Nearly 200 community members, families of patients and hospital administrators gathered outside under a large white tent at Thursday’s ribbon-cutting ceremony for Children’s at Town Center, off Big Shanty Road just east of Interstate 75.
One of the ribbon cutters, and proud national anthem singer, Parker Grelecki, 5, has been a patient of Children’s Healthcare of Atlanta his entire life.
Atlanta-based DR Construction Co. broke ground on the radiology wing of the Children’s at Town Center, which already housed an urgent care and sports medicine offices, seven months ago.
The additional 9,330-square-foot advanced imaging wing will open Monday with more than 20 pediatric radiologists of multiple subspecialties for newborns to teenagers.
Melinda Wilkerson, the clinical director of radiology and sedation for the entire Children’s Healthcare of Atlanta system, said the project cost close to $7 million, with half the money going toward equipment in the new wing.
Children’s at Town Center will use low-dose radiation digital X-rays, MRIs, CT scans and ultrasounds to find bone fractures or diagnose serious conditions, which can involve sedating young patients who have a hard time remaining still or are claustrophobic.
The new pediatric wing will be open Monday through Friday 7 a.m. to 7 p.m. and Saturdays from 7 a.m. to 2 p.m.
Meet the team
Donna Hyland, CEO of Children’s Healthcare of Atlanta, said although the new wing will be filled with the latest equipment and technology, the best asset of Children’s at Town Center is the talent and skill of the staff.
“We are here to fight for you,” Hyland said. “There are so many people at Children’s who absolutely live to take care of kids.”
Hyland said 1,000 employees of Children’s Healthcare of Atlanta live in Cobb County.
The entire staff of Children’s at Town Center has many years of experience working in pediatrics, said Jenny Bohn, a CT and MRI technician who lives in Marietta.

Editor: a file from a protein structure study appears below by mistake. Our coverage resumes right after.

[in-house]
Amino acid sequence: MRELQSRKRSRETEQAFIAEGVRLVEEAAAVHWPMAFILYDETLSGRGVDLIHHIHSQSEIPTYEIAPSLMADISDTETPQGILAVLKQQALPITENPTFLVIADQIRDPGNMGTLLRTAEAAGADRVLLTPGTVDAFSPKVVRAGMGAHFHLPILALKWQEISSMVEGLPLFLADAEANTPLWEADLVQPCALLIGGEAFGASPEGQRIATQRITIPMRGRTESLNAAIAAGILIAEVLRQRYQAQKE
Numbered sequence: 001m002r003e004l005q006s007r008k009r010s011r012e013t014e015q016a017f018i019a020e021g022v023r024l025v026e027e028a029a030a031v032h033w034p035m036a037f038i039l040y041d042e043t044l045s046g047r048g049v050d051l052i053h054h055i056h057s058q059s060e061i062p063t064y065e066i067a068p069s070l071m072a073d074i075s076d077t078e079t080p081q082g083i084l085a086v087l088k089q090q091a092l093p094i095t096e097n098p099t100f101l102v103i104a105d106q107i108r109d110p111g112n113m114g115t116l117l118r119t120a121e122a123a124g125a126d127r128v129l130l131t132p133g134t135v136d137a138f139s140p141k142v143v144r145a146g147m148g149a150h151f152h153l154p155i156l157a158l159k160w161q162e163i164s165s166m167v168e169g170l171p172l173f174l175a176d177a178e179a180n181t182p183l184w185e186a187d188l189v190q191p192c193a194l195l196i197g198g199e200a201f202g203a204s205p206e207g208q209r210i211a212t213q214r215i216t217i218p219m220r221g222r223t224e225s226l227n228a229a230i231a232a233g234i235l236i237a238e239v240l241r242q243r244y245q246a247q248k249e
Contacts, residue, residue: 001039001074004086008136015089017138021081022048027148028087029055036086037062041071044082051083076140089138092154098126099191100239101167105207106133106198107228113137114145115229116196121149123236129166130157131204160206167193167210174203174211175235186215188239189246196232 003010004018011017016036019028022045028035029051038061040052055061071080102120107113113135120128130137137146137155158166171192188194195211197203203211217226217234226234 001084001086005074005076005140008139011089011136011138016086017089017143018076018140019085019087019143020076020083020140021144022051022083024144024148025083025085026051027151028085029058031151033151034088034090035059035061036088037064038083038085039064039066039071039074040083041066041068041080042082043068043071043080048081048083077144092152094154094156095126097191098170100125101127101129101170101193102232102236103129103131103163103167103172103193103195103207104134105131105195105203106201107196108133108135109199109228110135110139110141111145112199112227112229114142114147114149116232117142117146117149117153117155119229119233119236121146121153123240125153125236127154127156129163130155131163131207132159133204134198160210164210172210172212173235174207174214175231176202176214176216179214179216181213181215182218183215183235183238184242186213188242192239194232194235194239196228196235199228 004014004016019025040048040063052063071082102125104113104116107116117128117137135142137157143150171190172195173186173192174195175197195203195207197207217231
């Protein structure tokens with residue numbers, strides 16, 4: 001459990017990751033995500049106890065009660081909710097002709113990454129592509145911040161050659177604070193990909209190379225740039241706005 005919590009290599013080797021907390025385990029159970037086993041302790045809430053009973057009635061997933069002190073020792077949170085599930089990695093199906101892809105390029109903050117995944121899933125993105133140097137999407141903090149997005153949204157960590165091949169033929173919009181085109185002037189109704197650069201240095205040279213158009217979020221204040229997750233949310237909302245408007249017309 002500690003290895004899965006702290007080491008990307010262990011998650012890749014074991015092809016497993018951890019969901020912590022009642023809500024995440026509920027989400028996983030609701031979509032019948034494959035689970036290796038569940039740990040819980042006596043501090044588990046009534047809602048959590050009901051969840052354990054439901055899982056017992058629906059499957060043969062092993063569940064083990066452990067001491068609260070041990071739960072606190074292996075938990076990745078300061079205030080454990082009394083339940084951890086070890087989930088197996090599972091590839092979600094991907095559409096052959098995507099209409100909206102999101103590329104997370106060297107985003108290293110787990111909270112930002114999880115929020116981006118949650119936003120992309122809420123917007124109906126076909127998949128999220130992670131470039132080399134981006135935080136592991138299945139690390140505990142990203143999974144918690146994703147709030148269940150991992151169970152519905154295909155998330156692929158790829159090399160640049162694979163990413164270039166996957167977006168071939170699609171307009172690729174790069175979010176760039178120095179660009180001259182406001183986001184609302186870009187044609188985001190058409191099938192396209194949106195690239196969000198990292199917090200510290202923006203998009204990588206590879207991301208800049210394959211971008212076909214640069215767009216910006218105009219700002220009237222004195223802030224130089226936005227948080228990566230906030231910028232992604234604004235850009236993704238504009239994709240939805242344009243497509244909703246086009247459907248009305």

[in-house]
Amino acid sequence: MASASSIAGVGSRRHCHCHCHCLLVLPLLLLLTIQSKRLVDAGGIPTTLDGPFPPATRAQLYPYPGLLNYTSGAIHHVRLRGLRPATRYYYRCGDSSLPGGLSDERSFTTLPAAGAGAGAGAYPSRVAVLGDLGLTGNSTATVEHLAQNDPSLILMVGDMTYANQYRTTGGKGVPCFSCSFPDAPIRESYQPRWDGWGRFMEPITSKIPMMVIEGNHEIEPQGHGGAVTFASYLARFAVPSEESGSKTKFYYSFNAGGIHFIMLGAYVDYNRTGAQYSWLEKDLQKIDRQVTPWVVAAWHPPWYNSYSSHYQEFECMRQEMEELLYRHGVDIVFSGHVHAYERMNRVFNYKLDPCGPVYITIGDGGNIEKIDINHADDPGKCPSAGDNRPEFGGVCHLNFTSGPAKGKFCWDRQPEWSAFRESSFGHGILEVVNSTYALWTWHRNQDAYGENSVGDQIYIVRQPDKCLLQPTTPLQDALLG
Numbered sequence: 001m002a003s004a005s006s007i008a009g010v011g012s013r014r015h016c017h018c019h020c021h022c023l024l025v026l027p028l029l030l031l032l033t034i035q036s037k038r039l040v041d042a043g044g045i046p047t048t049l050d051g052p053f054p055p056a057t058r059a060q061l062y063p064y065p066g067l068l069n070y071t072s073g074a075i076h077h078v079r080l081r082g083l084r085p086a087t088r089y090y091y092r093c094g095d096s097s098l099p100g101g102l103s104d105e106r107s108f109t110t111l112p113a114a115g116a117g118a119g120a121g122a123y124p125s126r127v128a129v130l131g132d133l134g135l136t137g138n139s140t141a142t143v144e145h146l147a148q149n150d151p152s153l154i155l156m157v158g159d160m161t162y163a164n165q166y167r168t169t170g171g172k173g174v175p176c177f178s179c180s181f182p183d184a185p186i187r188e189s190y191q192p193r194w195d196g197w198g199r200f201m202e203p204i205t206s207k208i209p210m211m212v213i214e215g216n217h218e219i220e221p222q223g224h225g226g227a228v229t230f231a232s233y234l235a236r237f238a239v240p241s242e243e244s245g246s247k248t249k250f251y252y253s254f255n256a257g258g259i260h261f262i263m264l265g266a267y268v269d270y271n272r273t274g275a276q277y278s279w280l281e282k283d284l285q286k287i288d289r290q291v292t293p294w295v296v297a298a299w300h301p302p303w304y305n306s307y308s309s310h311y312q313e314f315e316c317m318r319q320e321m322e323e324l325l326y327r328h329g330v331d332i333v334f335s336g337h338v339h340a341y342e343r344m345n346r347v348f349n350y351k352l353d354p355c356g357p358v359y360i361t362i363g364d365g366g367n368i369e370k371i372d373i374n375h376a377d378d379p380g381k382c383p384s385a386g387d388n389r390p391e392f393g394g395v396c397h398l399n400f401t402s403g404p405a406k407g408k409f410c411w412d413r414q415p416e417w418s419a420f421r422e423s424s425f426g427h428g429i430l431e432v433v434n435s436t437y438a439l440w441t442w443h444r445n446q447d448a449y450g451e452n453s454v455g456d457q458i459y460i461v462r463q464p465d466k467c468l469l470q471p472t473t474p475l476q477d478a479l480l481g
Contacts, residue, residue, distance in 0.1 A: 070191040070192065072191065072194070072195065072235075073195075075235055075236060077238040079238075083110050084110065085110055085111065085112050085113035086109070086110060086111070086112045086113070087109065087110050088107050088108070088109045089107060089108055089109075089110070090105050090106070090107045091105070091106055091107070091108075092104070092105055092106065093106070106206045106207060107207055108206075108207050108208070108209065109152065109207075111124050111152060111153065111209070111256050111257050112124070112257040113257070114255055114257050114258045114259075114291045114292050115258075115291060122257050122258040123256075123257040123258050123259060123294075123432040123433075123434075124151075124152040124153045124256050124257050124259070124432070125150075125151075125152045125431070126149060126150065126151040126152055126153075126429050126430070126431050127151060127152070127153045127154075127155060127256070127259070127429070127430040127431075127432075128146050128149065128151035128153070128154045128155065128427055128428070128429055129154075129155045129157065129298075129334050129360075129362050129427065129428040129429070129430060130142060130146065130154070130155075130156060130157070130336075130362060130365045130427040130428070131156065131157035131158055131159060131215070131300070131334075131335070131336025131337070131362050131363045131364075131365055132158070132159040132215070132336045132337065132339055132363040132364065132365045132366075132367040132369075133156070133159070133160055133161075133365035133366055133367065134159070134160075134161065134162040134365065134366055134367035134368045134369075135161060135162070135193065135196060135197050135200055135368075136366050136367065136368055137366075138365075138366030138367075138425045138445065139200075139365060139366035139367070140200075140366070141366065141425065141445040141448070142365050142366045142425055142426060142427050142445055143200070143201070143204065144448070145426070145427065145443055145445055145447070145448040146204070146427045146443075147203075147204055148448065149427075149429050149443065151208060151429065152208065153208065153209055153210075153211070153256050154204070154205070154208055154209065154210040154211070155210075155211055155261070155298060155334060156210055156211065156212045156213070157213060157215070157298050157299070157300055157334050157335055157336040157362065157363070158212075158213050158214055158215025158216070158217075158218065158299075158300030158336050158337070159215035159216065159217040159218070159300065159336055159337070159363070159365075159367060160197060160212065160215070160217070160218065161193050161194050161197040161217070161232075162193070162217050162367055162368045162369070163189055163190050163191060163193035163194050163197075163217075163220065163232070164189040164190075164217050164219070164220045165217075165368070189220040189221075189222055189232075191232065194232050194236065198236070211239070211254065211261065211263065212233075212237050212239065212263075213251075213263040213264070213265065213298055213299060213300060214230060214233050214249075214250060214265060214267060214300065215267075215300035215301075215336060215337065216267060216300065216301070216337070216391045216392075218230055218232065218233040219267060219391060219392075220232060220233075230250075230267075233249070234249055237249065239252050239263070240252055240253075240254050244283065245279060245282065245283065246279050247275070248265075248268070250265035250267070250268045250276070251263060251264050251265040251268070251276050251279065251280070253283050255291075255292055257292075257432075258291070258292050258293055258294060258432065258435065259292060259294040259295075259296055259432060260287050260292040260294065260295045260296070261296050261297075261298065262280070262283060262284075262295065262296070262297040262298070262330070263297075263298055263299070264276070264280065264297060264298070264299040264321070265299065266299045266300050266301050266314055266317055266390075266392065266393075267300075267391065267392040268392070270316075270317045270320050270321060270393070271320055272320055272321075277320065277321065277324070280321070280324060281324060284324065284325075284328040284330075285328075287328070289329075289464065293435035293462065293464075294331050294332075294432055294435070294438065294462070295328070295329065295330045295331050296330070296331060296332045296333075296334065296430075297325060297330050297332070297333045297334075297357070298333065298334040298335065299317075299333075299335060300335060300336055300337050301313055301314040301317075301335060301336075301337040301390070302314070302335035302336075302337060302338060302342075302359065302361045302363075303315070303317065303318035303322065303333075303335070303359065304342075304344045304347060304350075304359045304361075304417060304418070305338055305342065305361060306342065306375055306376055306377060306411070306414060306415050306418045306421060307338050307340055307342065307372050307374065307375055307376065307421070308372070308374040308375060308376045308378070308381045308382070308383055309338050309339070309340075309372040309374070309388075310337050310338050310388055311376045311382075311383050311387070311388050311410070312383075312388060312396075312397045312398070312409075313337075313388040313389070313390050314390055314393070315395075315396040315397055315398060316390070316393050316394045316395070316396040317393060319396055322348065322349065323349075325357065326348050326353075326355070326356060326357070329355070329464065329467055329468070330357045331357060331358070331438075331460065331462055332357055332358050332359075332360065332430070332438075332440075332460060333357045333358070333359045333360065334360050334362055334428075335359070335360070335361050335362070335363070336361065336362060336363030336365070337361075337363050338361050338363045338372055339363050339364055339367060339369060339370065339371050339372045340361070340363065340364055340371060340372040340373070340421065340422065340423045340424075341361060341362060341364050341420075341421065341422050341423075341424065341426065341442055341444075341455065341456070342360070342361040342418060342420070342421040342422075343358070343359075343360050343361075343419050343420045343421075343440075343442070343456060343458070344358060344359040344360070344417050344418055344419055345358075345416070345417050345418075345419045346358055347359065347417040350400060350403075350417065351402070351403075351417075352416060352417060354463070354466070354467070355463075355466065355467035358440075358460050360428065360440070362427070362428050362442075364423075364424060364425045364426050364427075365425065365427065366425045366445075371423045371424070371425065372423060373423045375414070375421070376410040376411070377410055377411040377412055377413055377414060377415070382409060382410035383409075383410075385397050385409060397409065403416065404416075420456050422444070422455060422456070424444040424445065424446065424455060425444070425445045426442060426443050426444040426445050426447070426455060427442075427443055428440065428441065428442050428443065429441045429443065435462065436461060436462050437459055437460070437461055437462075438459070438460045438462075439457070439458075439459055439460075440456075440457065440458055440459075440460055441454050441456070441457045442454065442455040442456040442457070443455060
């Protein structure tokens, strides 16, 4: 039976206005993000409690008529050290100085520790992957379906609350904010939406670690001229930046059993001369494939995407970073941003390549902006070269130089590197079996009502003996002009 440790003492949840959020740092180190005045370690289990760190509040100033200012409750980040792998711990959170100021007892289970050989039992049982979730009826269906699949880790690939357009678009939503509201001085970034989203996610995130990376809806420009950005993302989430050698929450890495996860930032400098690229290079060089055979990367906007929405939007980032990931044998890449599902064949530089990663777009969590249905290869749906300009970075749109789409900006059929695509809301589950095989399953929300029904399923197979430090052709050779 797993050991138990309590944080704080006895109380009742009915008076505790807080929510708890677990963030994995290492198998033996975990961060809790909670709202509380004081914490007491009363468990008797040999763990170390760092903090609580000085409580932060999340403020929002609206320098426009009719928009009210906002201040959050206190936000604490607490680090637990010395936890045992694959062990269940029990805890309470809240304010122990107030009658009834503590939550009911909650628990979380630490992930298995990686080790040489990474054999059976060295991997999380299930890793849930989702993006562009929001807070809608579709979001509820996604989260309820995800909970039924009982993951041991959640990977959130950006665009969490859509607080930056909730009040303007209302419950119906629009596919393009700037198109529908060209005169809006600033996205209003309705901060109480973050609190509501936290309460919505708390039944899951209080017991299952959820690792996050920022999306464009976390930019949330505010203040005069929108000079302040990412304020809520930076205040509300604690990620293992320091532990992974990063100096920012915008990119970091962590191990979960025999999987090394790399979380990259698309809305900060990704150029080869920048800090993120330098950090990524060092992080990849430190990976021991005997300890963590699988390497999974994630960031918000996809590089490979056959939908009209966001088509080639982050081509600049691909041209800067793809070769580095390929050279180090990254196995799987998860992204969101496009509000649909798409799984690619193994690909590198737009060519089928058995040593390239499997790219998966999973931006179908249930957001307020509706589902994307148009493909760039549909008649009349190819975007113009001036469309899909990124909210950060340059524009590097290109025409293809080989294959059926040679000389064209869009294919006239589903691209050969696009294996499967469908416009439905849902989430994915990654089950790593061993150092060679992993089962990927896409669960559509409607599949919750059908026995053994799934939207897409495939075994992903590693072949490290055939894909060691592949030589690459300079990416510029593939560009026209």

Bohn, who has been employed by Children’s Healthcare of Atlanta for 15 years, said she finds that children are more optimistic than adults.
Donna Molina, another CT and MRI technician who will work for Children’s at Town Center, said the hardest part of working in pediatrics is adjusting to the different age groups, but that aspect becomes easier with experience.
Shane Stewart, a CT and MRI team leader at Children’s at Town Center, said the new wing is well designed, roomy and inviting.
He added the facility has the same level of treatment as a hospital, but without patients having a long commute or being stuck in traffic.
For a few years, Wilkerson said Children’s Healthcare of Atlanta wanted to expand into Cobb County.
“We identified Cobb as a place we want to be,” said Wilkerson, who added the organization decided last year that it was time and moved quickly.
The miracle child
Children’s Healthcare of Atlanta is a nonprofit with doctors specializing in patients under age 21.
The system includes three hospitals, Children’s at Egleston in DeKalb County, Children’s at Hughes Spalding in Atlanta and Children’s at Scottish Rite in Sandy Springs, as well as 20 neighborhood locations throughout metro Atlanta.
Cobb County Commissioner JoAnn Birrell, who represents the Town Center area, and members from the Cobb County Chamber of Commerce also attended Thursday’s ribbon-cutting.
Ryan Grelecki is part of Children’s Healthcare of Atlanta’s newly formed group, the Cobb Community Board.
Grelecki said the group is dedicated to educating the Cobb community about the resources Children’s Healthcare of Atlanta provides and how to support the organization.
For instance, Grelecki described his son, Parker, as a “miracle child,” who was born with hydrocephalus, also known as “water on the brain.”
The condition compressed Parker’s brain matter, Grelecki said, and doctors at Scottish Rite had to rebuild his skull.
“He was, medically speaking, born without a brain,” Grelecki said.
For five years, Parker’s whole family was told to wait and see. But, Grelecki said, “He is doing far better than we ever could have imagined.”
Grelecki said Parker, who has curly blonde hair and wears glasses, is a charismatic little guy who has far exceeded hopes for his cognitive ability, but does have delayed motor skills.
Grelecki, and his wife Crysie, who has lived in Marietta her entire life, will now have a medical staff filled with familiar faces close to home.
Should anything happen, including the nearly unavoidable bumps and sprains of their other two young children, it is comforting to have Children’s at Town Center in their backyard, Grelecki said.